“Pretty crazy really. When I first sent ‘Hyph’ to a few DJ’s I was almost sure they wouldn’t take to it; I was genuinely really unconfident about the reaction I would get. The track has definitely done a lot for me and I’m definitely very grateful for all the positive feedback it’s received. It is hard though to have your first release scrutinized so closely. A lot other artists have had time to create a sound and mature with a few releases before they really gain that sort of attention. I don’t resent that exposure but I’m definitely more excited about what’s to come than what I’ve done so far.

I’ve still never seen you DJ out – what’s a typical Joy Orbison set like?

“I play quite a range of styles in and around the 130-140 BPM range. Bits of House, Techno and Garage mixed in with a lot of fresh artists I’m really into at the moment.”

We talked about your influences growing up – who do you see as your peers in dance music, and who are current sources of inspiration for you?

“I dunno ’bout peers but I really rate Martin Kemp, Sigha, Mt Kimbie and James Blake, Joe, Ramadanman/Pearson Sound, Brackles, Pangaea…”

Tell us about your label, Doldrums.

“Doldrums is a label me and my friend Impey started, it was actually conceived before this whole J.O project. It’s basically a platform for us to release the music that we believe in; we’re both big vinyl hoarders so that’s what we’ll be mostly concentrating on. Our first release, ‘BRKLN CLLN/J. Doe’, by me, is scheduled for some time in October/November.”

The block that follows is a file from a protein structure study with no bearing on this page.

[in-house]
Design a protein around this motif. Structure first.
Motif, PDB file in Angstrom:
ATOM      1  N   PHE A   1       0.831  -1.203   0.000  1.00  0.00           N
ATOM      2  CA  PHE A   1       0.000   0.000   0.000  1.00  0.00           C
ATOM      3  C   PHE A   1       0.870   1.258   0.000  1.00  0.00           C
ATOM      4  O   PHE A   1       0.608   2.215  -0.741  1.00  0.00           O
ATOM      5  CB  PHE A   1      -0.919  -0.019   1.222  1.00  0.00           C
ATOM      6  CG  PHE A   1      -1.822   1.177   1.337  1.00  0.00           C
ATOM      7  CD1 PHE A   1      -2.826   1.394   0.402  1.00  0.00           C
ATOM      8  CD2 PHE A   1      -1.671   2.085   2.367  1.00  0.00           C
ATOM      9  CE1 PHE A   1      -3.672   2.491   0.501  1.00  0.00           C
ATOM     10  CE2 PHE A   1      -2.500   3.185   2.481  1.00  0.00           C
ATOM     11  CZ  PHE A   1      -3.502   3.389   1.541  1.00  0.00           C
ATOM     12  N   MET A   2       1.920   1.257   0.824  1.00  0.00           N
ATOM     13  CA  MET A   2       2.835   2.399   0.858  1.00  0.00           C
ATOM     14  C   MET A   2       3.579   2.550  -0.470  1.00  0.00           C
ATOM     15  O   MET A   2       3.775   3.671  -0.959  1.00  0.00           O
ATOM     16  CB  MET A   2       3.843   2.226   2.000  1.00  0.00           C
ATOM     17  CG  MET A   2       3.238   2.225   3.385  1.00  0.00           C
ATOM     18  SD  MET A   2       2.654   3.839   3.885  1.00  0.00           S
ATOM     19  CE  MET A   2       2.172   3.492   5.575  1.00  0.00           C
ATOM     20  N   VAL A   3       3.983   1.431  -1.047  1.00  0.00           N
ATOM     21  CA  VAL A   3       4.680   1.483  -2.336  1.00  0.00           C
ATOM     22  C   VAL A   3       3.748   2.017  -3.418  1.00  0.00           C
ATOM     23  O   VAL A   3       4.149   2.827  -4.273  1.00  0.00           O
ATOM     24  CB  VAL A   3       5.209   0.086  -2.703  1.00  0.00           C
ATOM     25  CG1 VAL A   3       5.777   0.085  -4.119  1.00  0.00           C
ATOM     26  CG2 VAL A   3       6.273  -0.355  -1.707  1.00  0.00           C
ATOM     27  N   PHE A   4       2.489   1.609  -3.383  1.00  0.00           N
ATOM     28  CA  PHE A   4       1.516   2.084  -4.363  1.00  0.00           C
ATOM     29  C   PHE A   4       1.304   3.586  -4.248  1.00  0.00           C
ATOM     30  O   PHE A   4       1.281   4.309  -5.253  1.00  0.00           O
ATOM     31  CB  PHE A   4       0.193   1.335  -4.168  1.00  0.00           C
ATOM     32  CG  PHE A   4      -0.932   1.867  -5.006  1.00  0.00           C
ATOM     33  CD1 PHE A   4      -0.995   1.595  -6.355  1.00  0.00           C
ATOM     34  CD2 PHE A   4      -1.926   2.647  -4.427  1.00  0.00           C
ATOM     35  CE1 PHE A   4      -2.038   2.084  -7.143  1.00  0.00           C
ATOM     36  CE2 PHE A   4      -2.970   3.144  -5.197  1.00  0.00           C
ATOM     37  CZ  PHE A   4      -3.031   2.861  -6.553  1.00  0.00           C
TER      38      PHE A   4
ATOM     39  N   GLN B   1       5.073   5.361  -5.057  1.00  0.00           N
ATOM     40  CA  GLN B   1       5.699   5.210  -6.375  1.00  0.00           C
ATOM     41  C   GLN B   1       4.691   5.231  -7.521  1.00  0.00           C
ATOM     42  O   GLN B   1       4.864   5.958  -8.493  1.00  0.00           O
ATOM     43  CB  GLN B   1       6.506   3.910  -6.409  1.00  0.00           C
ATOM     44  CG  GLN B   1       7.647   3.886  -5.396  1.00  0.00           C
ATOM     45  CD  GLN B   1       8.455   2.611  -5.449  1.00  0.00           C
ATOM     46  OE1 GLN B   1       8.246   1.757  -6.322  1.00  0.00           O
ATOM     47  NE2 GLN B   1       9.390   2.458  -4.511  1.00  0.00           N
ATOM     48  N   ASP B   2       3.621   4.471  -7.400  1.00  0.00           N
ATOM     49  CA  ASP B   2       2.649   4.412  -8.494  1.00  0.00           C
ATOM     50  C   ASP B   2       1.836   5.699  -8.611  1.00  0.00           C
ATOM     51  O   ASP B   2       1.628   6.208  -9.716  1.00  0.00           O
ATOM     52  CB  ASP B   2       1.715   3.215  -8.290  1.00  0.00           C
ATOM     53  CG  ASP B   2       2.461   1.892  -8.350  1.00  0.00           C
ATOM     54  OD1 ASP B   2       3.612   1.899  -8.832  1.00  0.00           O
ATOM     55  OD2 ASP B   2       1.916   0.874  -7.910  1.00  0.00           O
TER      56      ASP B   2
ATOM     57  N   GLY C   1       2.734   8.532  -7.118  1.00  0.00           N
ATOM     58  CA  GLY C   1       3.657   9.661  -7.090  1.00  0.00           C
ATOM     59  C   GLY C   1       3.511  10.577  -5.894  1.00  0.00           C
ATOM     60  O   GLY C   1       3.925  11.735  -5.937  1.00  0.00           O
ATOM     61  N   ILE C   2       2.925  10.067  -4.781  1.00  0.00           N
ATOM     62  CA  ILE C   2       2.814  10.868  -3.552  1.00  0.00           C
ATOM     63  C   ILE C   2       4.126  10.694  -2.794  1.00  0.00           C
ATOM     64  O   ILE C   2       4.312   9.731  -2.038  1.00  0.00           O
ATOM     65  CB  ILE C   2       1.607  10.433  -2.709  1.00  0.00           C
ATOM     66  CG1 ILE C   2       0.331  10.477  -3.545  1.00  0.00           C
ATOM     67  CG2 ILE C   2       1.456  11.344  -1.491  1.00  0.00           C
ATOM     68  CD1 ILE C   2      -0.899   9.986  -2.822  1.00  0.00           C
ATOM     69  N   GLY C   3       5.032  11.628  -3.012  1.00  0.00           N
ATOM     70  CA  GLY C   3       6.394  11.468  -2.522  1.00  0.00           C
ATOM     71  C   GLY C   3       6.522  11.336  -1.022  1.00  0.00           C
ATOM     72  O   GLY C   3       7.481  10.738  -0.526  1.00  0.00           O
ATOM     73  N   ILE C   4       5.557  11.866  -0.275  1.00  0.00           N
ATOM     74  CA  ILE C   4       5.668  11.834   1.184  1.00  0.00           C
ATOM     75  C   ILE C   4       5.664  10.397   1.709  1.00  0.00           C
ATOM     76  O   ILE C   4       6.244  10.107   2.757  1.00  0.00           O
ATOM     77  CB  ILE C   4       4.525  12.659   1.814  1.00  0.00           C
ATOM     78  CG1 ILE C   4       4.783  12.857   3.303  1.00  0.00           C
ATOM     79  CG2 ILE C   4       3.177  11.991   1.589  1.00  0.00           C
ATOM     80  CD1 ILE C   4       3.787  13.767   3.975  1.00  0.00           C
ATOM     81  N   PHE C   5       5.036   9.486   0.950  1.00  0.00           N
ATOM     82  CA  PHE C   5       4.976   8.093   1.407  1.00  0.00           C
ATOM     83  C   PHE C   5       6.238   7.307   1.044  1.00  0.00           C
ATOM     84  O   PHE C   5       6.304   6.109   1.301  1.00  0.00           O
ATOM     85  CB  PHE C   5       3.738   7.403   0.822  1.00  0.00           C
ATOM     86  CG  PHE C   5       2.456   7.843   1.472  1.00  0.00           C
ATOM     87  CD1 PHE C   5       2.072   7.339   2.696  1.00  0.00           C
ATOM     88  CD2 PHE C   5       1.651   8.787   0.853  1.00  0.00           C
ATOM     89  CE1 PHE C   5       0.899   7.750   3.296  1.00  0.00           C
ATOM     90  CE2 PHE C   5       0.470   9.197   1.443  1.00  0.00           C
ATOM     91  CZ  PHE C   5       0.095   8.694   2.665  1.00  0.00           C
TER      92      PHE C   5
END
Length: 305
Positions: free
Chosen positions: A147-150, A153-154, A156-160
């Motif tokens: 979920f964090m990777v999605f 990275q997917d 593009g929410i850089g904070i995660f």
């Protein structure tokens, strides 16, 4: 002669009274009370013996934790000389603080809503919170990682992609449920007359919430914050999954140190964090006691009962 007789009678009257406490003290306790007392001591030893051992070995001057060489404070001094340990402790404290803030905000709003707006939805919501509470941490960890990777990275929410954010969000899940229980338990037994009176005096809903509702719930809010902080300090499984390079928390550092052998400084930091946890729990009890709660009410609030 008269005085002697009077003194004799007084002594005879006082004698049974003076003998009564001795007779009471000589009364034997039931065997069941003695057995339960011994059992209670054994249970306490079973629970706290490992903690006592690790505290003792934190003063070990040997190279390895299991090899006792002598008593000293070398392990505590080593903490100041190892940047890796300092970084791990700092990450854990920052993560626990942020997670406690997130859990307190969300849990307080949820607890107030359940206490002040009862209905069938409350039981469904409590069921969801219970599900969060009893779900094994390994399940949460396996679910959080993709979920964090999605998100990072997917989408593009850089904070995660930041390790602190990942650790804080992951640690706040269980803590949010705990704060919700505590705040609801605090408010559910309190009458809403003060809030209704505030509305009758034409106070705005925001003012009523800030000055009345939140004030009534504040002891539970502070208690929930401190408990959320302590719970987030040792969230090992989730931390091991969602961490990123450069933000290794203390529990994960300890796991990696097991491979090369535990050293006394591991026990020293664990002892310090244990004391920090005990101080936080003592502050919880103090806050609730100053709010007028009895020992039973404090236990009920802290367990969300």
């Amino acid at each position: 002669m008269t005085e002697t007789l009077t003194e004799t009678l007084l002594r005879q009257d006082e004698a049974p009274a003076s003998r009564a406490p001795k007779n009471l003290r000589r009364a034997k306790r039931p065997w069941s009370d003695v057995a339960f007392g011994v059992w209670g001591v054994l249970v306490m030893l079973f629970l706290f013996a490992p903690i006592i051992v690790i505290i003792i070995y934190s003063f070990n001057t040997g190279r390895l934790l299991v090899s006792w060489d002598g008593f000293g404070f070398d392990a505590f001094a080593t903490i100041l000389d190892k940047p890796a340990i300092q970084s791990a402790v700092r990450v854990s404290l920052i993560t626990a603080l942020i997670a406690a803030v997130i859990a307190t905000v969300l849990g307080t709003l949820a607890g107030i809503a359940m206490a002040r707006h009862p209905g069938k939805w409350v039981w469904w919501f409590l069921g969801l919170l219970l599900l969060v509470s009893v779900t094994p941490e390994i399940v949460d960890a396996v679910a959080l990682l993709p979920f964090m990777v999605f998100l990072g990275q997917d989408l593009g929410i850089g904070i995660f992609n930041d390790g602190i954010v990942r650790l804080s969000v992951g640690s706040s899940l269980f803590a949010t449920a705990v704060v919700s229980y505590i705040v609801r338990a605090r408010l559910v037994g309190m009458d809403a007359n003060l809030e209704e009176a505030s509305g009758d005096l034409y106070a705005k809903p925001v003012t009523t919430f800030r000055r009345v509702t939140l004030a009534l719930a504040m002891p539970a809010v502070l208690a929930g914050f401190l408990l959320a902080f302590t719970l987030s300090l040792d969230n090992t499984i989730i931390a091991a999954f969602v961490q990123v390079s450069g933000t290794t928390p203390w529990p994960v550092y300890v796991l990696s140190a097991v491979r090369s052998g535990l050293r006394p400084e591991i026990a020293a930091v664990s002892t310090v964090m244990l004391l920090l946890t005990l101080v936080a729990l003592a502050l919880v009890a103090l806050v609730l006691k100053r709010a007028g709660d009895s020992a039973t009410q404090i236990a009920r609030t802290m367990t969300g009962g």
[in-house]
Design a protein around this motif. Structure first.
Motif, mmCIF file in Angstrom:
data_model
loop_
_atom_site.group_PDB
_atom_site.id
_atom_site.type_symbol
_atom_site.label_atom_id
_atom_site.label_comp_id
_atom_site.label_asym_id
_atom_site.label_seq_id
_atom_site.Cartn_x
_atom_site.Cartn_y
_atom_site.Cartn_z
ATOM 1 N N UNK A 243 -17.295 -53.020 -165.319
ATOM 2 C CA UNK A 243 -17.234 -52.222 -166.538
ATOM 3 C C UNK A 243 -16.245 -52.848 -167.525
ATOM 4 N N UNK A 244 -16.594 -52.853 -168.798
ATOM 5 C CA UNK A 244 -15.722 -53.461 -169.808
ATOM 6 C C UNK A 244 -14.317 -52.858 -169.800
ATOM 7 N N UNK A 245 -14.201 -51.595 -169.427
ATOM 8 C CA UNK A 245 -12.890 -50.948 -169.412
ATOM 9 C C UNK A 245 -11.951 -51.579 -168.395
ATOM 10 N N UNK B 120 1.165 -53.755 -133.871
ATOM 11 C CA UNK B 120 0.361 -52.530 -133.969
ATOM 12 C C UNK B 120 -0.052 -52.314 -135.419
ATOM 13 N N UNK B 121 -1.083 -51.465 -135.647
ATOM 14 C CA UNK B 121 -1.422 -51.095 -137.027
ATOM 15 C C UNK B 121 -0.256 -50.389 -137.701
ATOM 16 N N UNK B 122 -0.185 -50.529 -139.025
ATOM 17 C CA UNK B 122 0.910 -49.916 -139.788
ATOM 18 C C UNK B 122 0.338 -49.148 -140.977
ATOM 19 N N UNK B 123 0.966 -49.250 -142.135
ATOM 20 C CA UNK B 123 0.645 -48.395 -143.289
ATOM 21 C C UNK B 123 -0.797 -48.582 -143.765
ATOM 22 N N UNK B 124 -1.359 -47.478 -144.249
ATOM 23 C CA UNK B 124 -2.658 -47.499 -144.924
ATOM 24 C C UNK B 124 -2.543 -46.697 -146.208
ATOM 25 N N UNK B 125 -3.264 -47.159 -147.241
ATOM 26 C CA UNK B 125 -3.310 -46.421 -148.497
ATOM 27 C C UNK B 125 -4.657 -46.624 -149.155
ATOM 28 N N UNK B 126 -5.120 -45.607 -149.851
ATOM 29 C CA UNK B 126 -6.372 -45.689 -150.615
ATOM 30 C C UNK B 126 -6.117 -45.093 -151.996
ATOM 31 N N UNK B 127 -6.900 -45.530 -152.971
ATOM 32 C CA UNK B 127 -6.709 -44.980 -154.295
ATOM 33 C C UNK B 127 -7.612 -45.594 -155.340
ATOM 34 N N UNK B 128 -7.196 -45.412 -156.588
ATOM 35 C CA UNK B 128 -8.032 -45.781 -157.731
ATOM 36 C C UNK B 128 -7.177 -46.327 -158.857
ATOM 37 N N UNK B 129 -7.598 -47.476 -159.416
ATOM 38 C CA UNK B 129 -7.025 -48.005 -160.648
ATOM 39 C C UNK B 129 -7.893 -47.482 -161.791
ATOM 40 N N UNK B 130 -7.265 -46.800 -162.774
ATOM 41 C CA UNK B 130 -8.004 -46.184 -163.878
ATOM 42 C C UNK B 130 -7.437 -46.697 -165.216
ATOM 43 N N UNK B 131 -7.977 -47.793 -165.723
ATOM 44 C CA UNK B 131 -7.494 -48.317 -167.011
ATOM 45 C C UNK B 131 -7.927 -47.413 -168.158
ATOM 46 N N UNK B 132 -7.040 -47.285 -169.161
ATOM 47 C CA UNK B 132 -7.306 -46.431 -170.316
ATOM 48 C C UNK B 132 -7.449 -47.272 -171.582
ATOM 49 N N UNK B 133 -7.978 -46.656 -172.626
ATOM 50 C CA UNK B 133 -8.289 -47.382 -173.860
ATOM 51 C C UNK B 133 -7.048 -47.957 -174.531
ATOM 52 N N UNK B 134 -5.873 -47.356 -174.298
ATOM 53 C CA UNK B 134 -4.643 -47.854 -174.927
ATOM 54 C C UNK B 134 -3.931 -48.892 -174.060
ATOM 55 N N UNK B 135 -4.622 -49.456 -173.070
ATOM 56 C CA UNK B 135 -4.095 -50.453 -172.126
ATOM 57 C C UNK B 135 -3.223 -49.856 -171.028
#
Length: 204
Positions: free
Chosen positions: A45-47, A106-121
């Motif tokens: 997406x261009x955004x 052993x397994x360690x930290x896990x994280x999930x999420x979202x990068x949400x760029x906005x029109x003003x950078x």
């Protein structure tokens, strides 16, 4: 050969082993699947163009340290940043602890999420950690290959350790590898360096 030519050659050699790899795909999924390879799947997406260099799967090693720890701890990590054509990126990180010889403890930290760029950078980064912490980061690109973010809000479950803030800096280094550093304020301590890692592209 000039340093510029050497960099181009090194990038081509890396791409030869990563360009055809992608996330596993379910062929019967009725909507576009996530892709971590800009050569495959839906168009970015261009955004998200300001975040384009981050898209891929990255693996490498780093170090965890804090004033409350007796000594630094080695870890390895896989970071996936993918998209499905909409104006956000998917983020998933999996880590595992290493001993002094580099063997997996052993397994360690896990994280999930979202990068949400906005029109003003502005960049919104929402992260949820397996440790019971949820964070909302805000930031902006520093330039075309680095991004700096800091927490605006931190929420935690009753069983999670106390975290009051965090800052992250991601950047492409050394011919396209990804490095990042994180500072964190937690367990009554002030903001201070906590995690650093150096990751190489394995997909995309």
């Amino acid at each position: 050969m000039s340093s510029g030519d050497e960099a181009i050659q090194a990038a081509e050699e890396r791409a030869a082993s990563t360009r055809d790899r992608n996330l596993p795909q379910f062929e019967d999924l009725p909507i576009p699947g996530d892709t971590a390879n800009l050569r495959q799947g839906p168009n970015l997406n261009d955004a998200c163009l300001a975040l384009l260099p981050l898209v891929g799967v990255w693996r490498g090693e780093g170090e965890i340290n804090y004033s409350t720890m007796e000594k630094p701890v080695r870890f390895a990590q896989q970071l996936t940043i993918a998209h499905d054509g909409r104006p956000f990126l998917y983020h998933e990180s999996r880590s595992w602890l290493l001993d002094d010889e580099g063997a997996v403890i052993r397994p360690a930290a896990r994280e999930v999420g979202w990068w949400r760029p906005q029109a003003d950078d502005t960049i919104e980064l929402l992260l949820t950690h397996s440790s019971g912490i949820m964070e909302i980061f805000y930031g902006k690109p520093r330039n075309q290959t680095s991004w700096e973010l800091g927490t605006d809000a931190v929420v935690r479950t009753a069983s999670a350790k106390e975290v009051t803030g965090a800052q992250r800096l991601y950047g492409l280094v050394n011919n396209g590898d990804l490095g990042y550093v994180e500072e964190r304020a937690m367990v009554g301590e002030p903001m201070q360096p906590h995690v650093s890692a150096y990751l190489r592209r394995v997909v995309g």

What are you working on right now?

“Other than the Hot Flush and Doldrums 12″s I’ve got a few remixes on the way; one is particularly special to me as I’m a huge fan of the artist. I’m also working on an EP for Aus [Will Saul’s label] and another 12″ for Hot Flush both scheduled for next year… I think.”

Do you intend to do an album any time in the near future, and do you have any idea how you’ll approach it yet?

“I’ve been approached by a few labels in regard to an album but it’s not really something I want to do at the moment. I’d much rather concentrate on releasing some really interesting records and maybe tackle an album in a few years. I’d like an album of mine to be like a conscious project rather than a collection of beats and at the moment I’m not sure if I could achieve that.”

Anything else we should know about Joy Orbison?

“He’s friends with Kavsrave!”

‘Hyph Mngo’ is out now on Hot Flush. ‘BRKLY CLLN’ is scheduled for an October/November release on Doldrums. Photography credit for opening image: Jayne Helliwell.

Tom Lea